US commercial auto sector deteriorates further
The performance of the commercial automobile insurance segment in the US has lagged that of other property/casualty (P&C) industry sectors for several years and continued to deteriorate through the third quarter of 2017, according to AM Best.
Commercial auto insurers have tried to address unfavourable results by enhancing underwriting measures and aggressively raising rates to improve rate adequacy, the ratings agency noted.
Stung by adverse reserve development at the end of 2011 (after five years of favourable development), companies recognized that the pricing levels were inadequate and began pushing average rates in the sector upward at a growing pace, which continued through the third quarter of 2017.
Nevertheless, commercial automobile lags the overall commercial lines group and continues to underperform the P/C market as a whole, according to the ratings agency. Adverse reserve development has contributed to consistent increases in net underwriting losses over the past six years, but insurers initially appeared slow to react as loss trends outpaced rate increases, and commercial auto underwriting losses grew from $744.8 million in 2011 to slightly over $2.9 billion in 2016. In addition, owing to the lag before results fully recognize premium price increases, profitability remains pressured, and, as loss costs rise, insurers are stuck playing catch-up.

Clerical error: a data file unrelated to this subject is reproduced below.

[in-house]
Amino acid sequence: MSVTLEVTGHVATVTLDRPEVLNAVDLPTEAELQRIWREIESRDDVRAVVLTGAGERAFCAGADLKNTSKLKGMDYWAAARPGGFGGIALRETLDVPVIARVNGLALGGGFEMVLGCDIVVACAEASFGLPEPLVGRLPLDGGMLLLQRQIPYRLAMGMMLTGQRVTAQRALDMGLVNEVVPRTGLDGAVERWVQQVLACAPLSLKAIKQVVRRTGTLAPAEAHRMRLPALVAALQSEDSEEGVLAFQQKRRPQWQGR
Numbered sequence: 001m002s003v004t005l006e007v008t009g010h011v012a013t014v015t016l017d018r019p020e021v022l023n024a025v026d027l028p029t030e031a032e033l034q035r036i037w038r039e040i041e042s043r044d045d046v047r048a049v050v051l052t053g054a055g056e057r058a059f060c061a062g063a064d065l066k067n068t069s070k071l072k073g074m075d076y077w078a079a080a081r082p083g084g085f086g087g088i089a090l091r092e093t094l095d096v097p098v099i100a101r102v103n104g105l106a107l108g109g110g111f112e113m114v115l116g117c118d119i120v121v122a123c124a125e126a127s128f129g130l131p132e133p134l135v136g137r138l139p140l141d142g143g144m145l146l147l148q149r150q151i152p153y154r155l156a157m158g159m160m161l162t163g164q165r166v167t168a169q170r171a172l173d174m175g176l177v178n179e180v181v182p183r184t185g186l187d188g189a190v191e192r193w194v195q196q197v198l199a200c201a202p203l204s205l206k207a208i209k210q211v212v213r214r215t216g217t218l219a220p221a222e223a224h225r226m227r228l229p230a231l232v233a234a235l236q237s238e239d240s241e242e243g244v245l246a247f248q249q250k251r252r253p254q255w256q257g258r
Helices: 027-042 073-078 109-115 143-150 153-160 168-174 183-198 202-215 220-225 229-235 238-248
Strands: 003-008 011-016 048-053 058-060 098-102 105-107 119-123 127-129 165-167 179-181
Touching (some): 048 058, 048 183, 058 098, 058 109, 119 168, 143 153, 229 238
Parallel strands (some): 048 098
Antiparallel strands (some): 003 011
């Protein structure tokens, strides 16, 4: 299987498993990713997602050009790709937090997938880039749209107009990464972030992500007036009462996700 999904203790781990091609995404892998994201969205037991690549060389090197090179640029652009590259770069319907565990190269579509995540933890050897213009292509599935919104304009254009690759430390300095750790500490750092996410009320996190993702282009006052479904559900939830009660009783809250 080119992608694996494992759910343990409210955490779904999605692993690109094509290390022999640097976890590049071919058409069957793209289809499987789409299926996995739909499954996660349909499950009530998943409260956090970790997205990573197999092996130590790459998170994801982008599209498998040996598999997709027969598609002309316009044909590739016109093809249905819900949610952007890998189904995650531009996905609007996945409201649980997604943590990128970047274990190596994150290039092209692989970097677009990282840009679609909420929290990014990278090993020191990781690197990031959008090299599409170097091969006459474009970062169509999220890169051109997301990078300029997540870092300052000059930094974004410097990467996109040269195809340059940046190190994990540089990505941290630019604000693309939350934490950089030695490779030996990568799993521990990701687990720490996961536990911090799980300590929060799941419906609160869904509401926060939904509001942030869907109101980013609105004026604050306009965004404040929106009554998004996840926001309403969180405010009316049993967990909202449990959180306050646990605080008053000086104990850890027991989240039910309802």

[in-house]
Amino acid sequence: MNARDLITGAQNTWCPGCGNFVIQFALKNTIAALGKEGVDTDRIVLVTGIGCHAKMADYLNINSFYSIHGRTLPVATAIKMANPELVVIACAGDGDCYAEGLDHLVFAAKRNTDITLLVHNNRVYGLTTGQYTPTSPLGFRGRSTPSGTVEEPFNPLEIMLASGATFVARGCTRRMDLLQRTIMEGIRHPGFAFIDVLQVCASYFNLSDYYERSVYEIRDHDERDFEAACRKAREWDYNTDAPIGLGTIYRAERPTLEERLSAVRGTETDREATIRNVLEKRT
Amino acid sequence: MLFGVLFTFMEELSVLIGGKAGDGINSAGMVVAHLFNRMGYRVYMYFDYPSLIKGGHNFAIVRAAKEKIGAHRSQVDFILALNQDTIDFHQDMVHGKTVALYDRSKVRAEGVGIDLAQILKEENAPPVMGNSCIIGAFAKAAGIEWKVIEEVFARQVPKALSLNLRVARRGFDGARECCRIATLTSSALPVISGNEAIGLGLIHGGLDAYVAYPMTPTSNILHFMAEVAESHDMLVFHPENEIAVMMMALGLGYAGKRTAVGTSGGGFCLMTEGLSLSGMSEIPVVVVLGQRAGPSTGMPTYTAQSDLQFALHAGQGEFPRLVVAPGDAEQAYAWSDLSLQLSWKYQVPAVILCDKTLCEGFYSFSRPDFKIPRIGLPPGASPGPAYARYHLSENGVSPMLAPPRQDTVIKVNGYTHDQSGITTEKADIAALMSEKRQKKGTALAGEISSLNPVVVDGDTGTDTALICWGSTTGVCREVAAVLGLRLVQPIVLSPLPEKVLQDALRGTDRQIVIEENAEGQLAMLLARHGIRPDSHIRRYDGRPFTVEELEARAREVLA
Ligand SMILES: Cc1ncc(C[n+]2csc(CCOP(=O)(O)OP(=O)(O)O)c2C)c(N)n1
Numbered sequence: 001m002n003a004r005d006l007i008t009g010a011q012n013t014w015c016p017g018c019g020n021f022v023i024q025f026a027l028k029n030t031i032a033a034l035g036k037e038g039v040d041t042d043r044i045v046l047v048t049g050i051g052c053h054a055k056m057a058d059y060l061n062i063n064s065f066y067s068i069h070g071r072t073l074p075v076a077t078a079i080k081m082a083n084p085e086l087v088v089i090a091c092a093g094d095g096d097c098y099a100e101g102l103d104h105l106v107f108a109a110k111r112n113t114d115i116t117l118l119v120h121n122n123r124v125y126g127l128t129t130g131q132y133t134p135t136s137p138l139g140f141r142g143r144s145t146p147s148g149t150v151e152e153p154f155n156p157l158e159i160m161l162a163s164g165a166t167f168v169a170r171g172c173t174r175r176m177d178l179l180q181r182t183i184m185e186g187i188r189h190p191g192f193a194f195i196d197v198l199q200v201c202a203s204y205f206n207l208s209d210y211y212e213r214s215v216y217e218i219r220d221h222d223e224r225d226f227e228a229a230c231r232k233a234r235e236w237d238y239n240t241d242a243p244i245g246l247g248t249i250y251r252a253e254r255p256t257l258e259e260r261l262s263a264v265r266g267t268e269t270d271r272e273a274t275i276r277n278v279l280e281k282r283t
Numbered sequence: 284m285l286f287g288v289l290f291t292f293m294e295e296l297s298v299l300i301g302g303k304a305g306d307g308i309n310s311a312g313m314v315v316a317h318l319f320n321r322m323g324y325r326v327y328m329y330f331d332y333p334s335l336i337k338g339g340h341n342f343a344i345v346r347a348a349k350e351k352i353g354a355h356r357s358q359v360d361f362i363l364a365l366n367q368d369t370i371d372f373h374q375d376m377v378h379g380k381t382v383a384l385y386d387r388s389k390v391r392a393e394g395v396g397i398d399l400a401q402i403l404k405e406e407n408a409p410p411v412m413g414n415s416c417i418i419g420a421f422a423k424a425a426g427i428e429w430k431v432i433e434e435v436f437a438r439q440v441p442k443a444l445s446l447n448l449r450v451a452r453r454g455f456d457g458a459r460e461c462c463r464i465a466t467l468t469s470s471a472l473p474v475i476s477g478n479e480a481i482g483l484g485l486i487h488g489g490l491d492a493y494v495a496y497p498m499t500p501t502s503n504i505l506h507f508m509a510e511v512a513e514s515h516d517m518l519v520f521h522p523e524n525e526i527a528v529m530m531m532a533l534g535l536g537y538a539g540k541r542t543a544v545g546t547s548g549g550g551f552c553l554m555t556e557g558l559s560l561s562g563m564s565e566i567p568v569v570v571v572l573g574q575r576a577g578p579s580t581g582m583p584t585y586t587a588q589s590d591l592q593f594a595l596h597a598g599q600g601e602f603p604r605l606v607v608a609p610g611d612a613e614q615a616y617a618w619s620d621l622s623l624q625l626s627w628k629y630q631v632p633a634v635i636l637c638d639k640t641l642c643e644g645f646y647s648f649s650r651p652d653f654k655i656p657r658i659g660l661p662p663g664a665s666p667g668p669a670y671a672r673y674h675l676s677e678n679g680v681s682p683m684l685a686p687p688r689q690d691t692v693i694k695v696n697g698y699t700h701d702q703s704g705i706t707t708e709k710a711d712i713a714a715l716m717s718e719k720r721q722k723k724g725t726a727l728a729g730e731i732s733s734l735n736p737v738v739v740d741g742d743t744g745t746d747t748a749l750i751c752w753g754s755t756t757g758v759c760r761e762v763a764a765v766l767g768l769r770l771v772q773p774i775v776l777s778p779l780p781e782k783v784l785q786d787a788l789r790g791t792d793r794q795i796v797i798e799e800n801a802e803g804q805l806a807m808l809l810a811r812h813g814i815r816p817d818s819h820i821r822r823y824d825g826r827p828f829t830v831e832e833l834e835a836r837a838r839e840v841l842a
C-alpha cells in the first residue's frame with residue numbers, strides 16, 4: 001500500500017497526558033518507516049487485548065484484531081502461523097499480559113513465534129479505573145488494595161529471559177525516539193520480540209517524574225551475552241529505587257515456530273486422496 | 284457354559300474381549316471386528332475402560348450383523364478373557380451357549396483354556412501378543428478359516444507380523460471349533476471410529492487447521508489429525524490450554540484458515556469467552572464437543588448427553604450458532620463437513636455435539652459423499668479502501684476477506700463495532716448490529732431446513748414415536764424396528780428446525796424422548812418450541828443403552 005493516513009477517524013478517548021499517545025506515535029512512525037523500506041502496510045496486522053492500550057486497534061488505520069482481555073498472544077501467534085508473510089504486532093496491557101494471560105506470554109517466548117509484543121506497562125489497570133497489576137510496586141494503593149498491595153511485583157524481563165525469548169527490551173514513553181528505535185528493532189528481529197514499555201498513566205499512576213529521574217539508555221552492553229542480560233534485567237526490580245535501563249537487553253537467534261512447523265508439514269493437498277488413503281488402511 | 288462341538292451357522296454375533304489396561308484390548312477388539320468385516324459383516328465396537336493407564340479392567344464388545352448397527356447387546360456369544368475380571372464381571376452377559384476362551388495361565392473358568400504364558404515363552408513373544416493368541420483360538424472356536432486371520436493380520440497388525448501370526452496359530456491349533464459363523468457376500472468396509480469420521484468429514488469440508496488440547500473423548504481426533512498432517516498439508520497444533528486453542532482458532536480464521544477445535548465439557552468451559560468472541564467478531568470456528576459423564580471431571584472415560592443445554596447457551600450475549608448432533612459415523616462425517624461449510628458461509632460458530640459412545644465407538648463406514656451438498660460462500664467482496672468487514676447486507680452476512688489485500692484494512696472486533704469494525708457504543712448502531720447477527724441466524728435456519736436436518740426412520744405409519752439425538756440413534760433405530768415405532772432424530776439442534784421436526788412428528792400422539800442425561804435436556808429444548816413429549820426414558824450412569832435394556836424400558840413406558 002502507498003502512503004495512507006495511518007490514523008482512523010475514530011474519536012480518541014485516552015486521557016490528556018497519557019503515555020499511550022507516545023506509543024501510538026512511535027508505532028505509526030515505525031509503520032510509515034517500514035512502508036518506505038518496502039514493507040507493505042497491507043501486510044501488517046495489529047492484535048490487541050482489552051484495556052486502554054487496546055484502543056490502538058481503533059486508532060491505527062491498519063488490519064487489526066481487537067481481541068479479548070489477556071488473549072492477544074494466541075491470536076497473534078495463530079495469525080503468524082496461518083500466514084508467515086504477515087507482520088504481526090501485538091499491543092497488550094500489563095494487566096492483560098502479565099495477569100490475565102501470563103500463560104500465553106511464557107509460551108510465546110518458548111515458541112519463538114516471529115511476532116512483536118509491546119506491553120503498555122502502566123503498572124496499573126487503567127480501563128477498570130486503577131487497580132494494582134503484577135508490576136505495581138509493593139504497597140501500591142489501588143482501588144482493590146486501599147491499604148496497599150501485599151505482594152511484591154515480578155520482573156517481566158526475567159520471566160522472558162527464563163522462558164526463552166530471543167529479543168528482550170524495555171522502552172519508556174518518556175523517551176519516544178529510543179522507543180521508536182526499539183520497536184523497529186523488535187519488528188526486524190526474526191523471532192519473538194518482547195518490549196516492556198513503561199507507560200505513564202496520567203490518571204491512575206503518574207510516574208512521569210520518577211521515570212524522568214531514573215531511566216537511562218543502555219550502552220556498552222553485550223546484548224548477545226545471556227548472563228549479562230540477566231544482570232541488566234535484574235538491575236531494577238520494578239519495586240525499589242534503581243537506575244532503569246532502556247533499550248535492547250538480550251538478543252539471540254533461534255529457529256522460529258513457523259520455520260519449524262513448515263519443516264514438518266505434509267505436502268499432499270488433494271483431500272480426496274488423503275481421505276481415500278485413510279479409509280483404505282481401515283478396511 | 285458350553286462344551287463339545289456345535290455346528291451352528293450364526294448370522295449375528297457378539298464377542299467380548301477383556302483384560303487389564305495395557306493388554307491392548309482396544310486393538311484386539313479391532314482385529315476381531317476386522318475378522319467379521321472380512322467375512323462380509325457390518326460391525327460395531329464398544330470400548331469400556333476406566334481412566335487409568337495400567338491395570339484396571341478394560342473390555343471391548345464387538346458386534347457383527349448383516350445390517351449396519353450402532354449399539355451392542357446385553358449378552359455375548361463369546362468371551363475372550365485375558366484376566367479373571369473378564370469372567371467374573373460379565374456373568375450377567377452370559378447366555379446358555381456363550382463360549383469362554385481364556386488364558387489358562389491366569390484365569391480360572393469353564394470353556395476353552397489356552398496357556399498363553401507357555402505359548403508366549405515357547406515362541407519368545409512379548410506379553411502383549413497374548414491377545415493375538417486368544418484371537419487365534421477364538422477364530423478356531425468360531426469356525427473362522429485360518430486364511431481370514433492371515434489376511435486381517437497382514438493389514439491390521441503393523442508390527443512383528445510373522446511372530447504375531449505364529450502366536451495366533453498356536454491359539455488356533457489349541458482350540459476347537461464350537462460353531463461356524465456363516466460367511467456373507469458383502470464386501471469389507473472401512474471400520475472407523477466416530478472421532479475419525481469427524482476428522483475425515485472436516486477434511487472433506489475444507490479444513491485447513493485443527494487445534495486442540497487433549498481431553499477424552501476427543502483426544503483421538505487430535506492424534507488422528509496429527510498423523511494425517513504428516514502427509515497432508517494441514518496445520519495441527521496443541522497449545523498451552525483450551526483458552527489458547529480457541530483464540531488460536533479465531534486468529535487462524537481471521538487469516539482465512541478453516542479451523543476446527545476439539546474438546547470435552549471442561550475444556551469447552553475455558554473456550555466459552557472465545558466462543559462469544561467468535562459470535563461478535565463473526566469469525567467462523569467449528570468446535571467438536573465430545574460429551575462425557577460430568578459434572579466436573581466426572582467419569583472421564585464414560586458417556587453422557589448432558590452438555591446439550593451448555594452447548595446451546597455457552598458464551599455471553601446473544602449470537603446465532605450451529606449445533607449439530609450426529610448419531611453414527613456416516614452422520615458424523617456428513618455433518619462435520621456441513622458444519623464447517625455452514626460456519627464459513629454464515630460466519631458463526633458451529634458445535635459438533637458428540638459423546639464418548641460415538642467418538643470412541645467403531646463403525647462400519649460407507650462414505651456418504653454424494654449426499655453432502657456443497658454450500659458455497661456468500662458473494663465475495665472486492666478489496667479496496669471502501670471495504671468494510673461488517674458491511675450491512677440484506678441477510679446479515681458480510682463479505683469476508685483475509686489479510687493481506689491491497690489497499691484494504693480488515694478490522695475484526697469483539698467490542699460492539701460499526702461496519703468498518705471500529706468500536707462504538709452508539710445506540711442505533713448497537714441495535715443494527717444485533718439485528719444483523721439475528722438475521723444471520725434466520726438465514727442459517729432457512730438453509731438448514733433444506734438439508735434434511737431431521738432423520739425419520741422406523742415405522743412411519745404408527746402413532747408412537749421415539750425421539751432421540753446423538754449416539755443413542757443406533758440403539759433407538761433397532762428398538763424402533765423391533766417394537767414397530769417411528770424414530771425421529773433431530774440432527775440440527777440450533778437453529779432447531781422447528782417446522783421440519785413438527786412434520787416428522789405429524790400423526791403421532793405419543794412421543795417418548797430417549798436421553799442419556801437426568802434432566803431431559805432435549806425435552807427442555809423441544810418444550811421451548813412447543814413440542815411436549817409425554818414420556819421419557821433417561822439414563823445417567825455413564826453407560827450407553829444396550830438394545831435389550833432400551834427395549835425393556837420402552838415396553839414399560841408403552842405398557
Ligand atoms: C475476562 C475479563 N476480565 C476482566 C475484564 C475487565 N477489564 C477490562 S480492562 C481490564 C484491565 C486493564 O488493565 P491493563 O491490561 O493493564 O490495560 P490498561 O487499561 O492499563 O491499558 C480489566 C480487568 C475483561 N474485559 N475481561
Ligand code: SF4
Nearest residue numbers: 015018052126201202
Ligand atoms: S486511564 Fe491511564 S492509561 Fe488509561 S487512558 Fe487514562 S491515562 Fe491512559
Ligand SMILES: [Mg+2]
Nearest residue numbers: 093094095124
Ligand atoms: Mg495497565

The difficulties of underwriting commercial auto are being compounded by rising claims frequency owing to more commercial vehicles being on the road as the economy rebounded following the recession with record growth in miles driven and an increase in distracted driving. Rising vehicle repair and medical costs are also driving up claims severity.
After lagging by several quarters, insurers have made concerted efforts to raise rates, but have been unable to stop the bleeding. Reversing the unfavourable results will be an uphill task for the industry and will have to be accompanied by more discriminating risk selection, prudent reserving, and appropriate pricing, AM Best said. On the positive side, the results of the aggressive rate increases—particularly over the last two years—should start manifesting over the near term.
The largest US commercial auto liability insurer by direct premium written (DPW) is Progressive Insurance Group with $1.82 billion DPW in the third quarter of 2017. The firm’s loss ratio was at 64.7 percent over the period.
The second largest player is Travelers Group with $1.33 billion DPW and a loss ratio of 62.2 percent in the third quarter of 2017. The firms are followed by Liberty Mutual Insurance Companies with $1.01 billion DPW and a loss ratio of 111.9 percent and Nationwide Group with $992 million DPW and a loss ratio of 80.7 percent. Other major players in the market are Zurich Financial Services NA Group, Berkshire Hathaway Insurance Group and Old Republic Insurance Group.
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